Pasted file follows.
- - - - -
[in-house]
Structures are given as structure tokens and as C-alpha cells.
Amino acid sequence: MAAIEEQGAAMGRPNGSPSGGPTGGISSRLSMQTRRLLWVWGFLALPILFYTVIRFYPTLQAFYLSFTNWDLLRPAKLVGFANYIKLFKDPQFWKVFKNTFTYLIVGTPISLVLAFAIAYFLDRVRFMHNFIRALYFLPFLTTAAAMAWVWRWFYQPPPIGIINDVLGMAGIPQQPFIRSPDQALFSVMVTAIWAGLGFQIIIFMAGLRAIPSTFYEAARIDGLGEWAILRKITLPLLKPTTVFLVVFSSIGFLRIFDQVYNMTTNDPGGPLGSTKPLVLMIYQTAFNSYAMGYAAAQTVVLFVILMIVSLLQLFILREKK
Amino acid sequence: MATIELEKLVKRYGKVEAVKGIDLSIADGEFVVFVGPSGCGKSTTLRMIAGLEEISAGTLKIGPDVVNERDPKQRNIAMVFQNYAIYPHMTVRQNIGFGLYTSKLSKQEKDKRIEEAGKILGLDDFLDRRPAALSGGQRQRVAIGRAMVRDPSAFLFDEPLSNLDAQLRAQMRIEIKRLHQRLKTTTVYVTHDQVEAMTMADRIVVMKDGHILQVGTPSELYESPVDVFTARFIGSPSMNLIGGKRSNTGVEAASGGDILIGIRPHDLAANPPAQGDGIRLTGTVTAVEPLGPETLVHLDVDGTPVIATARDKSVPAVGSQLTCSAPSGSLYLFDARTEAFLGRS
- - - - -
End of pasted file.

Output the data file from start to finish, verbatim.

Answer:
[in-house]
Structures are given as structure tokens and as C-alpha cells.
Amino acid sequence: MAAIEEQGAAMGRPNGSPSGGPTGGISSRLSMQTRRLLWVWGFLALPILFYTVIRFYPTLQAFYLSFTNWDLLRPAKLVGFANYIKLFKDPQFWKVFKNTFTYLIVGTPISLVLAFAIAYFLDRVRFMHNFIRALYFLPFLTTAAAMAWVWRWFYQPPPIGIINDVLGMAGIPQQPFIRSPDQALFSVMVTAIWAGLGFQIIIFMAGLRAIPSTFYEAARIDGLGEWAILRKITLPLLKPTTVFLVVFSSIGFLRIFDQVYNMTTNDPGGPLGSTKPLVLMIYQTAFNSYAMGYAAAQTVVLFVILMIVSLLQLFILREKK
Amino acid sequence: MATIELEKLVKRYGKVEAVKGIDLSIADGEFVVFVGPSGCGKSTTLRMIAGLEEISAGTLKIGPDVVNERDPKQRNIAMVFQNYAIYPHMTVRQNIGFGLYTSKLSKQEKDKRIEEAGKILGLDDFLDRRPAALSGGQRQRVAIGRAMVRDPSAFLFDEPLSNLDAQLRAQMRIEIKRLHQRLKTTTVYVTHDQVEAMTMADRIVVMKDGHILQVGTPSELYESPVDVFTARFIGSPSMNLIGGKRSNTGVEAASGGDILIGIRPHDLAANPPAQGDGIRLTGTVTAVEPLGPETLVHLDVDGTPVIATARDKSVPAVGSQLTCSAPSGSLYLFDARTEAFLGRS